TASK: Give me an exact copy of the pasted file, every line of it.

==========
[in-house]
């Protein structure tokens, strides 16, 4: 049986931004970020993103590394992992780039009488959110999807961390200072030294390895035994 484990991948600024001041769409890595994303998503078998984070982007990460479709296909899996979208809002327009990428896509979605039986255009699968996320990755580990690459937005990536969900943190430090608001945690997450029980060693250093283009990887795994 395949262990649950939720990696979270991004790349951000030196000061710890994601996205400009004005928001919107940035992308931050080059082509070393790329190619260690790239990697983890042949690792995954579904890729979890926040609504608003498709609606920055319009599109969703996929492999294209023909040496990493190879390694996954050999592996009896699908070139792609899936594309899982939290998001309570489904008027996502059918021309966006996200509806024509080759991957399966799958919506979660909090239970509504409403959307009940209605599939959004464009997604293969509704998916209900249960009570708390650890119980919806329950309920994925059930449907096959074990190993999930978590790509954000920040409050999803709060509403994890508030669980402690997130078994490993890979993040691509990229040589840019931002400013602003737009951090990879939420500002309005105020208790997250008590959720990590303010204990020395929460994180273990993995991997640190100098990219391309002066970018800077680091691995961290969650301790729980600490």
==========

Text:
[in-house]
């Protein structure tokens, strides 16, 4: 049986931004970020993103590394992992780039009488959110999807961390200072030294390895035994 484990991948600024001041769409890595994303998503078998984070982007990460479709296909899996979208809002327009990428896509979605039986255009699968996320990755580990690459937005990536969900943190430090608001945690997450029980060693250093283009990887795994 395949262990649950939720990696979270991004790349951000030196000061710890994601996205400009004005928001919107940035992308931050080059082509070393790329190619260690790239990697983890042949690792995954579904890729979890926040609504608003498709609606920055319009599109969703996929492999294209023909040496990493190879390694996954050999592996009896699908070139792609899936594309899982939290998001309570489904008027996502059918021309966006996200509806024509080759991957399966799958919506979660909090239970509504409403959307009940209605599939959004464009997604293969509704998916209900249960009570708390650890119980919806329950309920994925059930449907096959074990190993999930978590790509954000920040409050999803709060509403994890508030669980402690997130078994490993890979993040691509990229040589840019931002400013602003737009951090990879939420500002309005105020208790997250008590959720990590303010204990020395929460994180273990993995991997640190100098990219391309002066970018800077680091691995961290969650301790729980600490």